Escaping to a winter wonderland made easy with start of gay ski circuit

By Matt Hennie

Wax the skis and lace up the boots. The gay ski season opens in early January, beginning a circuit that includes more than a dozen events and jumps across three continents.

There’s a winter wonderland for everyone on the calendar, from events that cater to inexperienced skiers and snowboarders to larger ones with a circuit party feel and smaller, more intimate affairs.

Photos credit Dick Mitchell

"There is a circuit party element to every gay ski week," said Chris French, president of Ski Bums, a New York City-based group that organizes social gatherings and trips for gay skiers and snowboarders. "Some weeks try harder than others to provide more than a circuit party on a mountain and incorporate more people coming for a fun vacation."

The tradition of gathering with gay and lesbian friends on the slopes started in Aspen, Colo., some 31 years ago. Aspen Gay Ski Week has grown into an annual event that now attracts about 4,000 people, according to Chris Alexander-Manley, a marketing consultant for the gathering who also is vice president of, which promotes the popular summer event in Orlando.

“It is an international draw with the parties, the shopping and the beautiful sites,” Alexander-Manley said. “There is a beautiful historic downtown and it is some of the best skiing in the world.”

Participants return to the event year after year to renew friendships, enjoy the posh resorts and take part in the non-ski events that are part of the week, including hospitality suites, a boutique stroll, downhill costume competition and late-night parties, he said. This year, the event will also feature a panel discussion on gays in sports and the annual gay vs. straight hockey game.

“There are groups that book a year in advance because they want to get their same accommodations. Our biggest salesperson is people who have been there before. When someone new is coming, they always talk about how much they’ve heard about it,” Alexander-Manley said.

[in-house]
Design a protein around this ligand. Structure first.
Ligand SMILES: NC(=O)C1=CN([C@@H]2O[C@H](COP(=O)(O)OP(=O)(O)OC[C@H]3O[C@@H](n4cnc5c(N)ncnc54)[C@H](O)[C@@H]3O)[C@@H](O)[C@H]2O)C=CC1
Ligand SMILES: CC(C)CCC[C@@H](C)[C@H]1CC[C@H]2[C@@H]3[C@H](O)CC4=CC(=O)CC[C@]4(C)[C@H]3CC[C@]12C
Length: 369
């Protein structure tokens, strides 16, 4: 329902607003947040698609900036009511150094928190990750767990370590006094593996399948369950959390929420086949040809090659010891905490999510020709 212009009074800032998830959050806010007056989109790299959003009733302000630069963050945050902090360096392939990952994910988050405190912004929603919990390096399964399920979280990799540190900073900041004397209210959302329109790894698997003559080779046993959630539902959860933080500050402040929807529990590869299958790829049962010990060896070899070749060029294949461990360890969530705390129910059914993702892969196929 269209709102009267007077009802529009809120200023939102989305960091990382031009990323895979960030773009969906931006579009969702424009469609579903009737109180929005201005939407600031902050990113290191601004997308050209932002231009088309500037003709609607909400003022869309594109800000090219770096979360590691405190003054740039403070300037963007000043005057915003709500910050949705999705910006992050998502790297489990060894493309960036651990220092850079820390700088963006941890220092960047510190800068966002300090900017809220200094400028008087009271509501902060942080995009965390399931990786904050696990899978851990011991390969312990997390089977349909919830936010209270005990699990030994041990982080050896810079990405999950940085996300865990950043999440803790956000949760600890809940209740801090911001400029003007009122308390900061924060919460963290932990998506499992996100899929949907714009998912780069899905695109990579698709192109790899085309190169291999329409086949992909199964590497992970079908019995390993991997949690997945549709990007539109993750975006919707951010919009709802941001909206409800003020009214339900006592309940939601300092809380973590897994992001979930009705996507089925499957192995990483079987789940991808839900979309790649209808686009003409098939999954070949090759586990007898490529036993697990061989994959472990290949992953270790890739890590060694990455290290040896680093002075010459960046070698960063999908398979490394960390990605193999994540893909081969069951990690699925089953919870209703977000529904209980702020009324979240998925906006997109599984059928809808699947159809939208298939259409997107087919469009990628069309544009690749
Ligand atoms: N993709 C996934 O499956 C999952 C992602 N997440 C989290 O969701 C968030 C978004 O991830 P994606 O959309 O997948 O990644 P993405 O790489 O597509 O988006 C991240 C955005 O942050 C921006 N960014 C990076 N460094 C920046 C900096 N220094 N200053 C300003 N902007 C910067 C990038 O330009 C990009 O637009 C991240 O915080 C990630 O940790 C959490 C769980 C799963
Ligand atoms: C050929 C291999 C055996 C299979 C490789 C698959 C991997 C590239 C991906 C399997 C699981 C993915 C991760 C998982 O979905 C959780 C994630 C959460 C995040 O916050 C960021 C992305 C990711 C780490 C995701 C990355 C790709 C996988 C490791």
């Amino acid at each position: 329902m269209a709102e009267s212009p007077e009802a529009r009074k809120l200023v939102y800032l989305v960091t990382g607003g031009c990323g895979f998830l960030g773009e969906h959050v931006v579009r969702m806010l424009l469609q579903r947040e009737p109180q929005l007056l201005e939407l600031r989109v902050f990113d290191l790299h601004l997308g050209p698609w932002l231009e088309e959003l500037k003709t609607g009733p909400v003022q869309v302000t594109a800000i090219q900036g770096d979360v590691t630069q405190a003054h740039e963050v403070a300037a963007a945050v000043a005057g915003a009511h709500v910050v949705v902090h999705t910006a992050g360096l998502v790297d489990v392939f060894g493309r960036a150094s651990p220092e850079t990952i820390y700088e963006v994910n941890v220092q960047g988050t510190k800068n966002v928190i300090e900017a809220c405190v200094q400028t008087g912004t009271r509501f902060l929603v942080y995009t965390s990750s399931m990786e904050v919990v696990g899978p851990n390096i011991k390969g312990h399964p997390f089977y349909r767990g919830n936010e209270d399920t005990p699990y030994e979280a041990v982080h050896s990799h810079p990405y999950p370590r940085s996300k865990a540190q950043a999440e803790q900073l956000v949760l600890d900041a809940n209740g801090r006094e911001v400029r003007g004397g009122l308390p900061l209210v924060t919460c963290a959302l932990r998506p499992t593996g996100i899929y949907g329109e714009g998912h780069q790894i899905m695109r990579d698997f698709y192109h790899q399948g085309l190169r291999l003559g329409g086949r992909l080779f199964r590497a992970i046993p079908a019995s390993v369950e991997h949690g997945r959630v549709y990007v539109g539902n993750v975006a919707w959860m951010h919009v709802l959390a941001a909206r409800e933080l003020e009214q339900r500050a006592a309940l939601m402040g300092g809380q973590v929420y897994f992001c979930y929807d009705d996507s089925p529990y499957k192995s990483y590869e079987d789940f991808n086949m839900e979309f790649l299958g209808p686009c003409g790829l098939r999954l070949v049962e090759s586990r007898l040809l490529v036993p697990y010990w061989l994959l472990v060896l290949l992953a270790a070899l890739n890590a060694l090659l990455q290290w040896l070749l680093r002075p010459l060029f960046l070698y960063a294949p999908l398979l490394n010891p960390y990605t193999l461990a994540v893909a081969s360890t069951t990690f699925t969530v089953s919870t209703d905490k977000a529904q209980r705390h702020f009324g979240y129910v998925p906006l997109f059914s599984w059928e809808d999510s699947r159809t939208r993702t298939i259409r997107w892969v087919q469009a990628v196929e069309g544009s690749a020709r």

WinterPride 2008 in Whistler, British Columbia earned the nod of Ed Salvato, editor-in-chief of Out Traveler magazine, which also profiled the Aspen event, Elevation 2008 in Mammoth Lakes, Calif., and Winter Rendezvous XXIV in Stowe, Vt., in its Winter 2007 issue. Salvato credits the Whistler event for its “super-friendly and super-inviting” atmosphere, not to mention that it offers 8,200 acres of skiable terrain and will host the 2010 Winter Olympics.

“Part of the adventure is the spectacular drive in to Whistler,” Salvato said. “A lot of people will extend their trip and spend a fun gay weekend in Seattle or Vancouver.”

For an event a little more intimate, try Winter Rendezvous in Vermont. In its 23rd year, Rendezvous attracts a diverse crowd that has expanded from an older and bearish group to include crunchy granola types, lesbians and younger gay man among its nearly 300 attendees.

“We have 28 year olds to 80 year olds and everything in between,” said Michael Wilson, organizer of the event. “It is a nice mix of people that go every year.”

Rendezvous is also one of just two gay ski weeks on the East Coast. The other, Winter Explosion 2008, draws a mostly African-American crowd to Upstate New York.

Wilson, in his second year of running Rendezvous, ramped up the event’s marketing to help publicize the non-skiing side of the week, from nightly DJs, a Martini bikini hot tub party, gay skate night at a local rink and chair massages.

“If you like to drink vodka and sit in hot tubs, this is made for you,” he said.

French and Salvato said gay ski week attendees should do their homework before settling on an event. Look closely at cost, accommodations, activities off the slopes and the size and type of crowd each event attracts to find one that fits your experience and comfort level, they said.

“There are ones that are going to be a little more amenable to the first-time person,” Salvato said. “I would choose one that is a little bit smaller, a little bit more home spun, more regional. That is a good way of getting your ski legs. It’s a little bit less intimidating. You can get lost in the crowd in Aspen, even in Whistler.”

If you eschew the larger, more structured gay ski weeks, Ski Bums offers its 450 members a schedule of trips beginning in January that include 40 to 50 people and sites such as Jackson Hole, Wyo., Killington, Vt., and France.

“We are trying to do a little something different from the gay ski weeks. We’re really trying to build a community and an opportunity for people to take multiple trips together,” French said.


Arosa Gay Skiweek
Jan. 5-11
Arosa, Switzerland

Utah Gay & Lesbian Ski Week
Jan. 9-13
Park City, Utah

Aspen Gay Ski Week
Jan. 13-20
Aspen, Colo.

Blue Gay-La
South Lake Tahoe’s Gay & Lesbian Ski Week
Jan. 23-27
Lake Tahoe, Nev.

Winter Rendezvous XXIV
Jan. 30-Feb. 3
S towe, Vt.

Vail Gay & Lesbian Ski Week
Jan. 30-Feb. 4
Vail, Colo.

WinterPride 2008
Feb. 3-10
Whistler, British Columbia

Winter Explosion 2008
Feb. 15-18
Kerhonkson, N.Y.

Telluride Gay Ski Week
Feb. 23-March 1
Telluride, Colo.

Lake Tahoe WinterFest Gay & lesbian Ski Week
March 2-9
Lake Tahoe, Nev.

Elevation 2008
Mammoth Gay Ski Week
March 12-16
Mammoth Lakes, Calif.

ManMountain 2008
The European Gay Ski Week
March 29-April 5
Solden, Germany

OutBoard 2008
April 2-6
Breckenridge, Colo.

Gay Ski Week NZ
Aug. 29-Sept. 7
Queenstown, New Zealand

Discuss this article